Close-Up: Live Issue - Why postcode really matters to agency culture

Do ad agencies really have to offer a creative working environment to produce their best work? Kunal Dutta investigates.

Emerging from Canary Wharf Underground's steel-clad depths up towards the sunlit canopies nearly 30 metres above, you can almost feel overwhelmed by the surrounding buildings and the global capitalism they represent.

Since its roots as an 80s regeneration project, Canary Wharf has grown to rival London's Square Mile and hosts some of the world's biggest multinational brands. Among them are HSBC, Citigroup, Morgan Stanley, Reuters and, in Cabot Square, The Ogilvy Group.

For some time, the WPP-owned agency has been seen as something of an oddity stationed here, but why? After all, it shares some of the characteristics of its neighbours: a multinational outfit, comprising 13 operating companies and more than 1,300 employees.

The real issue, it seems, is a mix of both the service-sector in which the group operates and the logistical distance from the rest of its supply chain. Unlike its corporate cousins, the ad industry enlists services across arts and commerce. For every business consultant, technical bod, financier or lawyer, the industry also calls on the services of designers, directors, editors and photographers. You won't find too many of these in Docklands, which is probably why the agency is in negotiations to take three floors in London's County Hall.

But should location matter? Nick Howarth, the group chief executive of Clemmow Hornby Inge and an ex-Ogilvy employee, believes Docklands promised much when it was first presented to agencies in the early 90s. "The prices were cheap, square footage astronomic and there were four or five agencies that did consider moving there," he says. "Had those deals gone through, the area might well have grown up with strong media clusters rather than the financial hub it is known for."

Instead, London's West End has fostered that identity, although there are a number of agencies further west - Lowe, JWT and Leo Burnett - which would argue that their neighbourhood rivals Soho.

CHI on Rathbone Street is just one agency stationed in the advertising hubs of Soho and north of Oxford Street. This has long boasted the likes of Saatchi & Saatchi, TBWA\London and M&C Saatchi; an area bolstered by the film community of Soho, the eateries along Charlotte Street and instant access to the West End's nightlife. It is a factor that has also leveraged an agency's ability to attract talent. "When you're trying to get the best staff, convenience and location is a factor," Moray MacLennan, the M&C Saatchi European chairman, says. "We're in a young industry, where people want to be in the heart of town, with access to what it offers."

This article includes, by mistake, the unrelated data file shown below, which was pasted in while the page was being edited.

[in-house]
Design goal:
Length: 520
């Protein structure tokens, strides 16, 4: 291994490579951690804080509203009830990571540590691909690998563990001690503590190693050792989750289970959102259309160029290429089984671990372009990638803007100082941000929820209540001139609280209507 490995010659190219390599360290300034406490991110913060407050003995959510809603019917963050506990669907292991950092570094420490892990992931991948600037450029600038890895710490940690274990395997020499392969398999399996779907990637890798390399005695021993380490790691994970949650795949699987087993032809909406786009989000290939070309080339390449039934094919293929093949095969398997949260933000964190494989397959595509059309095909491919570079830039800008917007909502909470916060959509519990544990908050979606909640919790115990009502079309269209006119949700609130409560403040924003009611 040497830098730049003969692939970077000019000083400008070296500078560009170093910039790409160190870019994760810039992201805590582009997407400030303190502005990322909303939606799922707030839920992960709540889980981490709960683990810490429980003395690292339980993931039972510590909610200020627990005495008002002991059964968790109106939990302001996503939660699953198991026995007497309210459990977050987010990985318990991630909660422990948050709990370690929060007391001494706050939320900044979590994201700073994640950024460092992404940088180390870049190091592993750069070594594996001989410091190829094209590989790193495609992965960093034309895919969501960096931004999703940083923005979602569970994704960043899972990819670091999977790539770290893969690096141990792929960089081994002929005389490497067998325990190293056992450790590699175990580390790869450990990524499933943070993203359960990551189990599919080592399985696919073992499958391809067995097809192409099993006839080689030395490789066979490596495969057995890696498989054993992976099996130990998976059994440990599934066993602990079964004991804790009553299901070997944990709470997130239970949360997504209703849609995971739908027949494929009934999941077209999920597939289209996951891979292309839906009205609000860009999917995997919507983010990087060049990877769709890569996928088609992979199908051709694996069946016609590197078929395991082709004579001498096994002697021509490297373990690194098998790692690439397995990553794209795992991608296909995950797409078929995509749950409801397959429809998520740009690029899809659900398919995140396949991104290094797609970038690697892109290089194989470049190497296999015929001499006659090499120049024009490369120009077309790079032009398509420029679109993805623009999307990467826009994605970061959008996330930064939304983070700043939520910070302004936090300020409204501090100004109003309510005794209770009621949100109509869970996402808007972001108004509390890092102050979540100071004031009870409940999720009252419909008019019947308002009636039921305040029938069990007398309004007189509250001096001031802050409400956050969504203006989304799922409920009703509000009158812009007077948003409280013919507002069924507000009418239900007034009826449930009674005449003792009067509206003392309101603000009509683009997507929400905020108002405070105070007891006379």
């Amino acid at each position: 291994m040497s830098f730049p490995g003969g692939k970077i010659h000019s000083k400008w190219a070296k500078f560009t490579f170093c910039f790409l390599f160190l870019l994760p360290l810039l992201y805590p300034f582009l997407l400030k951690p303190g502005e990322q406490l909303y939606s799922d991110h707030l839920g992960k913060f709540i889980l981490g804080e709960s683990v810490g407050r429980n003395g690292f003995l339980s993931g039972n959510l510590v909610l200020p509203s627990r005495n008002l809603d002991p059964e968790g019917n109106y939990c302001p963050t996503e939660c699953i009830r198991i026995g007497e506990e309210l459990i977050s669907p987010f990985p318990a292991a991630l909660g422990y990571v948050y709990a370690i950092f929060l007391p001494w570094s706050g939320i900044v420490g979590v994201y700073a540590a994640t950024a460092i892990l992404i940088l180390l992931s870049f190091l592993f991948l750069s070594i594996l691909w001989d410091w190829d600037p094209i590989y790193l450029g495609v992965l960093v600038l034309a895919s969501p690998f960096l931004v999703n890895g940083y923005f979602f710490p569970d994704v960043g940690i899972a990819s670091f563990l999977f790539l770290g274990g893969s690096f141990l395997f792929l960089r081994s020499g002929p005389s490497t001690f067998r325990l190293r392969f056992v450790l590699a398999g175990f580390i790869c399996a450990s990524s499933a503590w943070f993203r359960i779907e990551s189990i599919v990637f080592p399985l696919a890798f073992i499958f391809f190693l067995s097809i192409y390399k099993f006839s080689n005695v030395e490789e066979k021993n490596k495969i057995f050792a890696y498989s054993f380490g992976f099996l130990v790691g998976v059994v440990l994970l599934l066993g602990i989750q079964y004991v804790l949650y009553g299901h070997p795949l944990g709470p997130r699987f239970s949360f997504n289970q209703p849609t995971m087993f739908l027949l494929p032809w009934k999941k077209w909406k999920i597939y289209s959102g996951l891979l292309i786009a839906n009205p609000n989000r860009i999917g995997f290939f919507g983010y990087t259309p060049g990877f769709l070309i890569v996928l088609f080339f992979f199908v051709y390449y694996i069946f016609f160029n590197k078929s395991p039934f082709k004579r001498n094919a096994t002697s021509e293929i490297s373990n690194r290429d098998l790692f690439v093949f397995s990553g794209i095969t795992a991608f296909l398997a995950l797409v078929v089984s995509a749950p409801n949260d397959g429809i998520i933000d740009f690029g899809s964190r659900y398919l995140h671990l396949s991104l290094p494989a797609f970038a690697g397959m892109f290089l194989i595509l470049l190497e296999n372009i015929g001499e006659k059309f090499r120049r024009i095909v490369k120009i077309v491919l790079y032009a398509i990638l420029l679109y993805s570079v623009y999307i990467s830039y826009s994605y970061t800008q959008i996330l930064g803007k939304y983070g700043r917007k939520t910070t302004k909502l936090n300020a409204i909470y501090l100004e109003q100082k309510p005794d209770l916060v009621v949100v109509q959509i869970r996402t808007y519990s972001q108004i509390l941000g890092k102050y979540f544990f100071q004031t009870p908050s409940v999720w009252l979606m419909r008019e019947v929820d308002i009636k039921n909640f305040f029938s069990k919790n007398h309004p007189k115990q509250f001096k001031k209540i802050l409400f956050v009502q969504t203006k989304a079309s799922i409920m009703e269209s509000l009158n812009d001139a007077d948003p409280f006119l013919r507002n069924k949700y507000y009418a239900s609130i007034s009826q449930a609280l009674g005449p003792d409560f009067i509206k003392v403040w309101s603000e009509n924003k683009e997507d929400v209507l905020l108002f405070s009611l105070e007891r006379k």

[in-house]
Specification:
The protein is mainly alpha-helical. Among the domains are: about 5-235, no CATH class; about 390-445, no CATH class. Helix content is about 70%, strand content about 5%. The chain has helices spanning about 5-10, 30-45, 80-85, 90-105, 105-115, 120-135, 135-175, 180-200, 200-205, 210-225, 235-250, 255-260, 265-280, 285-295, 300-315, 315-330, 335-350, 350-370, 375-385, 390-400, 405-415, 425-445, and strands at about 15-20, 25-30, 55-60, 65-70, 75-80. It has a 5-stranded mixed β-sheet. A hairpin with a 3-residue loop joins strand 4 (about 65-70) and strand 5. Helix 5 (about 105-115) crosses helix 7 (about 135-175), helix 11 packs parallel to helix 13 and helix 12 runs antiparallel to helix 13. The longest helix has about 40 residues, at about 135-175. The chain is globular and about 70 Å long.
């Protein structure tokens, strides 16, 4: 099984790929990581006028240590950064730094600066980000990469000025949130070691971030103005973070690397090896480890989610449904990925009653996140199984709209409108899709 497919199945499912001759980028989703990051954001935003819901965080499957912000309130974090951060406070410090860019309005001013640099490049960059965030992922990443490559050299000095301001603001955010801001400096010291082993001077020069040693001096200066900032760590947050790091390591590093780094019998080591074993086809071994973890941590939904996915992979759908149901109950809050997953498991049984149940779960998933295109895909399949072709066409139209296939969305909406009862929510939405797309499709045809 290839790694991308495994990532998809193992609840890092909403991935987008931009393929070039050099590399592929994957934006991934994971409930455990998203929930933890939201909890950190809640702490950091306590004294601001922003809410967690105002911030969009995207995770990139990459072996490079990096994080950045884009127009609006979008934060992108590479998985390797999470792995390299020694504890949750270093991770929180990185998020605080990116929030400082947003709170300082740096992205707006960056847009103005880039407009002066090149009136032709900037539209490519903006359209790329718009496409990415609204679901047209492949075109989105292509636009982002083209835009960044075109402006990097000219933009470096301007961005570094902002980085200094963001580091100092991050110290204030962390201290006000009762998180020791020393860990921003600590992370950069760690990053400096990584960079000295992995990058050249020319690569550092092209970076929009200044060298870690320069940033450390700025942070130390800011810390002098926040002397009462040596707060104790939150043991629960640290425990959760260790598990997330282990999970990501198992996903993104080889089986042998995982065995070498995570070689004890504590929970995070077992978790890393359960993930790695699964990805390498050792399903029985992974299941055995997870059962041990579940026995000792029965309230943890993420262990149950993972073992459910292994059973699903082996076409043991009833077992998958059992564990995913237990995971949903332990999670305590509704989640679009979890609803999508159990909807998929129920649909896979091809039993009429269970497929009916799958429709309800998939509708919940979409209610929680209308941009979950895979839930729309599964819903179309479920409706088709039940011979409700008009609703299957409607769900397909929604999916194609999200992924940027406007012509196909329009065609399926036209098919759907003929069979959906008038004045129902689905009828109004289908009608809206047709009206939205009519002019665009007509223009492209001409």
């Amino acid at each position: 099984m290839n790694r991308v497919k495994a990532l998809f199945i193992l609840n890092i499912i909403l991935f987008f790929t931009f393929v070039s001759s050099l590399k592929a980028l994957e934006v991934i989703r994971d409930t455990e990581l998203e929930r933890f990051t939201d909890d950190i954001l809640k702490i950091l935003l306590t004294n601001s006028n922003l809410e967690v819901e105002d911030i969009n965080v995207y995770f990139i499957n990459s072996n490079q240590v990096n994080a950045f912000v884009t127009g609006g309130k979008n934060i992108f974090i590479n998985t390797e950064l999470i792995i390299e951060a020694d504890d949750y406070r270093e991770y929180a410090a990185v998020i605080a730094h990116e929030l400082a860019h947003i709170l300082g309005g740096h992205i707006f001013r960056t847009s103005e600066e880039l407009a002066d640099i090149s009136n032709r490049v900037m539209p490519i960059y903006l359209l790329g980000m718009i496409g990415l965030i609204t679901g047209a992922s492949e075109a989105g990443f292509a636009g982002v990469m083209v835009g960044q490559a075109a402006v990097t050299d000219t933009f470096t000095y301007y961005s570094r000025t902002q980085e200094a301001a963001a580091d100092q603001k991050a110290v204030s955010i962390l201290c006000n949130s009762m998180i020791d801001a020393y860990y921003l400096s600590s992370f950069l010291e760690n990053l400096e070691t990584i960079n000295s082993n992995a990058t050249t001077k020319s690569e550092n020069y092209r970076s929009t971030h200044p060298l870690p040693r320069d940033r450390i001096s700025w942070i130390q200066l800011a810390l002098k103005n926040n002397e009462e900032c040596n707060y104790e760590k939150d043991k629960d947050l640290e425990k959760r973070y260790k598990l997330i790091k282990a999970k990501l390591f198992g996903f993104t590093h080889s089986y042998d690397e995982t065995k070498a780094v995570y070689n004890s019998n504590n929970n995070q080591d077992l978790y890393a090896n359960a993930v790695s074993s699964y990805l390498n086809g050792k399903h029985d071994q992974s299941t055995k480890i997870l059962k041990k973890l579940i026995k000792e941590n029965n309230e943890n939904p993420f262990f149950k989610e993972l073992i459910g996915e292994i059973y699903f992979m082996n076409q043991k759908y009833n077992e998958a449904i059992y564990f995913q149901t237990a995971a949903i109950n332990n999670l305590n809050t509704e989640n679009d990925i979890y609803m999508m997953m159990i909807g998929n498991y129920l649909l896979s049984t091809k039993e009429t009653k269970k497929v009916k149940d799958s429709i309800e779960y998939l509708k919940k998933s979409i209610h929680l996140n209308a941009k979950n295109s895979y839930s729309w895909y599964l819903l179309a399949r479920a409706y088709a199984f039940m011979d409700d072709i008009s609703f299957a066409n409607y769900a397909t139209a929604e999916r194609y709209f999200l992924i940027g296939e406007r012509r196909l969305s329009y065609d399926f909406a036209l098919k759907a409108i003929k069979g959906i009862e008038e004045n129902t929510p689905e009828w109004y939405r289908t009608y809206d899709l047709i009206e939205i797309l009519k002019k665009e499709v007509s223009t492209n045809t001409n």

Alternative areas are also growing in stature. Helped by a decade of gentrification, as well as an artistic and cultural explosion, parts of East London such as Shoreditch and Clerkenwell are attracting a new breed of creative company. Mother is one. Sited on Redchurch Street, its partner Stef Calcraft concedes that his remit is to foster creative thinking that draws its influences from outside the media heartland. "We're not anti-advertising, but we didn't want to be in the middle of the ad village either," he says. "Clerkenwell and Shoreditch harbour other creative communities. It adds a certain energy to the place we work."

It is a view shared by Wieden & Kennedy's managing director, Neil Christie, who last year moved the agency from Great Titchfield Street into a disused factory space in Hanbury Street, off Brick Lane. "We were looking for an emerging area which had a vibrant creative culture that would stimulate and feed into the work we do," he says. "The character of our agency has grown from the location we're in and the way we've used the space."